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photographer E-Yaji.
The Mary and George Bloch Collection: Part III  
Bonham's, Hong Kong, 25 May 2011: Lot 15 

Lot 15

 
   

Lot 15
Treasury 5, no. 839

A sapphire-blue glass ‘peaches’ snuff bottle

(‘Imperial Peach’)

Transparent sapphire-blue glass with a few scattered small air bubbles, with a flat lip and flat foot; carved with a continuous design of a severed, leafy branch with two peaches growing from it
Imperial glassworks, Beijing, 1730-1790
Height: 5.1 cm
Mouth/lip: 0.56/1.5 cm
Stopper: tourmaline; gilt-silver collar

Lot 15 Provenance:
Private collection, Brazil
Hugh M. Moss Ltd., Hong Kong (1997)

Published:
Treasury 5, no. 839

Lot 15 Commentary
Although the peach shape of the bottle may be less than obvious, the small fruit on the severed branch is foliated with leaves typical of the peach tree, seen also on a nephrite brush washer in the National Palace Museum, for example. Although this design is rare in glass, another exists in yellow glass (suggesting a link with the court), several in white nephrite, and even one in tourmaline. The existence of a group of bottles, all of the same type but fashioned from different materials, with the same subject and of similar style, suggests a multi-skills environment such as the palace workshops, while the yellow glass example bears testimony to their imperial nature. While this would not completely rule out the possibility of hardstone bottles being carved for the court at a centre such as Suzhou, it seems unlikely, given the range of materials and the ready availability of local facilities for their production near the court.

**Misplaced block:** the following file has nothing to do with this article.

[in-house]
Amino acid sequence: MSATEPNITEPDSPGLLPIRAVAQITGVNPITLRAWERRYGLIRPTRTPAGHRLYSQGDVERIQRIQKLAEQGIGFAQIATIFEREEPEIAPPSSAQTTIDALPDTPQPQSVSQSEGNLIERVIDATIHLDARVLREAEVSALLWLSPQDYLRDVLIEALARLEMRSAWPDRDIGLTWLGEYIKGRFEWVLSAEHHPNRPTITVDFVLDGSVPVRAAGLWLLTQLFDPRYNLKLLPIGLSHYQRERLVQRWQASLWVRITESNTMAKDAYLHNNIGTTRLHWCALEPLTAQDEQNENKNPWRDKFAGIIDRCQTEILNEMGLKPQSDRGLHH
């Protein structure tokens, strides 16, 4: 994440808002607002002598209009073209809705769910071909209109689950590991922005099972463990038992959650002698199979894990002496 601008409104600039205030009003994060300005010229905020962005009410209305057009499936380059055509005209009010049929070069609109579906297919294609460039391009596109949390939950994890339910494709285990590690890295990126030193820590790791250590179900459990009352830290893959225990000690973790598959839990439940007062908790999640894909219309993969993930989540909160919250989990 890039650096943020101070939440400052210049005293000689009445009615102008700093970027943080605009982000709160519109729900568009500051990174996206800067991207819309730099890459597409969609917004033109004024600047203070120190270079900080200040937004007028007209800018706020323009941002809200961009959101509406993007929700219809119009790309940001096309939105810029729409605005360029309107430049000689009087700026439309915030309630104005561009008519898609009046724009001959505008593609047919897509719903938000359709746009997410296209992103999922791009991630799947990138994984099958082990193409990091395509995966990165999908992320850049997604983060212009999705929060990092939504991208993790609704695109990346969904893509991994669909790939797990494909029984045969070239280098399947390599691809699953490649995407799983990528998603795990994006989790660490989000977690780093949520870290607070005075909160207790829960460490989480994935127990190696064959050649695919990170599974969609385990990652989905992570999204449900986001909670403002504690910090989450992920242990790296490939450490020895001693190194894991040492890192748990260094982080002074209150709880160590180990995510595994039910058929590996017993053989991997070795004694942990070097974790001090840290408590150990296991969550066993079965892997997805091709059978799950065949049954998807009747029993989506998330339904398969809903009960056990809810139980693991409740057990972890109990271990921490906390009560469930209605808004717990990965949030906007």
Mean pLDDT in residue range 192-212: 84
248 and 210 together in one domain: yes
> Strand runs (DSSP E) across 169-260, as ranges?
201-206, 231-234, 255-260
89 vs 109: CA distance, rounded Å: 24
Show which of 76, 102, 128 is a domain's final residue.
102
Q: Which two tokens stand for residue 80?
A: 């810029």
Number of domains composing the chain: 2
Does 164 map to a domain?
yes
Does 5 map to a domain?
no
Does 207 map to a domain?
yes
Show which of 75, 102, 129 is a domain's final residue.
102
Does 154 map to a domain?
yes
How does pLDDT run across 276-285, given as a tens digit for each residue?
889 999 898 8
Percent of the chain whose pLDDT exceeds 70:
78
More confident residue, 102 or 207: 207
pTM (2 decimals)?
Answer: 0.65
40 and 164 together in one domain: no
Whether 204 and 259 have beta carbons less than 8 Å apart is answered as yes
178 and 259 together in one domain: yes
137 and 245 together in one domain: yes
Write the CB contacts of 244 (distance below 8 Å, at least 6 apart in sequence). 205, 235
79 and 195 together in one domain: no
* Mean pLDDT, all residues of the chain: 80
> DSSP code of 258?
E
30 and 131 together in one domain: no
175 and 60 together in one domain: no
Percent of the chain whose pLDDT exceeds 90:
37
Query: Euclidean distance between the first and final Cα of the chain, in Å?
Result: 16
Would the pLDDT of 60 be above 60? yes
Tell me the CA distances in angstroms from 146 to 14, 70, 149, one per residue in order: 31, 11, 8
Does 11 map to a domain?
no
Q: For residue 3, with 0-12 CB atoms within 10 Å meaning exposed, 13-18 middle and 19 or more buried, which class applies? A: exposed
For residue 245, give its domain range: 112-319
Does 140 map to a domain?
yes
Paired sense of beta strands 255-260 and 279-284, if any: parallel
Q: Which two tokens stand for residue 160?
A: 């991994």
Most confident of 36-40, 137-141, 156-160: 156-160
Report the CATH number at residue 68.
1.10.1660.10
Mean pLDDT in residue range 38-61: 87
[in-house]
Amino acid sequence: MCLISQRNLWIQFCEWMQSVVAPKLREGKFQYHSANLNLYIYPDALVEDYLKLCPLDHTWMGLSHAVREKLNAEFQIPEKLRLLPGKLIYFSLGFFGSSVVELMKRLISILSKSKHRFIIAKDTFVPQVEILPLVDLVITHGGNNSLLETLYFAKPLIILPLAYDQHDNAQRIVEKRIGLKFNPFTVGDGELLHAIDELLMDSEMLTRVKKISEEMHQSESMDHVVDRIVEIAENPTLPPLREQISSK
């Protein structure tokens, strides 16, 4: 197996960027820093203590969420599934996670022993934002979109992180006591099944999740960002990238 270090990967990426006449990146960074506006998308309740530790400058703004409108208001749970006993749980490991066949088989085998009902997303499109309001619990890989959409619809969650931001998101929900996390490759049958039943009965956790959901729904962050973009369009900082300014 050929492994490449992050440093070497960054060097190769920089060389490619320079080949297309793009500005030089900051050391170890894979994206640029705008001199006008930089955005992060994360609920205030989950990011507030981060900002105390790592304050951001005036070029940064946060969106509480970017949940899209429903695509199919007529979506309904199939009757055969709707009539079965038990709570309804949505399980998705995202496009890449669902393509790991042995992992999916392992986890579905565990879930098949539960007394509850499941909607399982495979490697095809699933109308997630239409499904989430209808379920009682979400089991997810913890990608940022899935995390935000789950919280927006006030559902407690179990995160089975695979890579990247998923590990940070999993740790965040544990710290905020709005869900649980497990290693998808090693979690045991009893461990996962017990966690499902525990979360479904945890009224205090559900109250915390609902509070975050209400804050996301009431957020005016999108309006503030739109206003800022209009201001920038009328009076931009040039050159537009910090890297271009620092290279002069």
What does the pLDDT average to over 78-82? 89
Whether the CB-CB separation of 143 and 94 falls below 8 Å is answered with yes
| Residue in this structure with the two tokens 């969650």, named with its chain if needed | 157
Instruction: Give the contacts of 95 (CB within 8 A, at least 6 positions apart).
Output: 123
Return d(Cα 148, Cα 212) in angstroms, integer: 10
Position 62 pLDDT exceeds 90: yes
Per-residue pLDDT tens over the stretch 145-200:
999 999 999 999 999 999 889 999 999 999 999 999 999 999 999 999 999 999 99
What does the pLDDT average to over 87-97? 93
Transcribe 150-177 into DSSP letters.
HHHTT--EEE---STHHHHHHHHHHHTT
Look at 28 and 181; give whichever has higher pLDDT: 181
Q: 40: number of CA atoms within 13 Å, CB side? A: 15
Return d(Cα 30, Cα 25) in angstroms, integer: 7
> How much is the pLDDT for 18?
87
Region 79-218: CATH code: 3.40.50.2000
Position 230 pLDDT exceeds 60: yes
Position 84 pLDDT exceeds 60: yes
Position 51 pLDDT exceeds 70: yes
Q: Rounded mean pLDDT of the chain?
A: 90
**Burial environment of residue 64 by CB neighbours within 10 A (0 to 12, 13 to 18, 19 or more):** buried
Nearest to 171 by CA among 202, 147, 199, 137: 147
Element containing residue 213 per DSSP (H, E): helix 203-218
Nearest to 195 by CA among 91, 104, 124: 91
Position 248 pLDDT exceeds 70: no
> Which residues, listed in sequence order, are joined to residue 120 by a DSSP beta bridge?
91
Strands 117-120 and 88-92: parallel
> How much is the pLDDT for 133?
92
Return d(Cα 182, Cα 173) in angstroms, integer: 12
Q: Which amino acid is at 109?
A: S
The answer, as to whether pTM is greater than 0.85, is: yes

This sapphire-blue glass, brilliant and pure, is typical of the finest from the imperial glassworks but exhibits no hint of crizzling, suggesting that it is neither from the Yongzheng period nor earlier. For the entire range of these peach bottles, in fact, a Qianlong date is suggested. It seems likely that very popular types, particularly plain bottles, might have been repeated over a long period, but specific designs such as this may have been shorter-lived.

 

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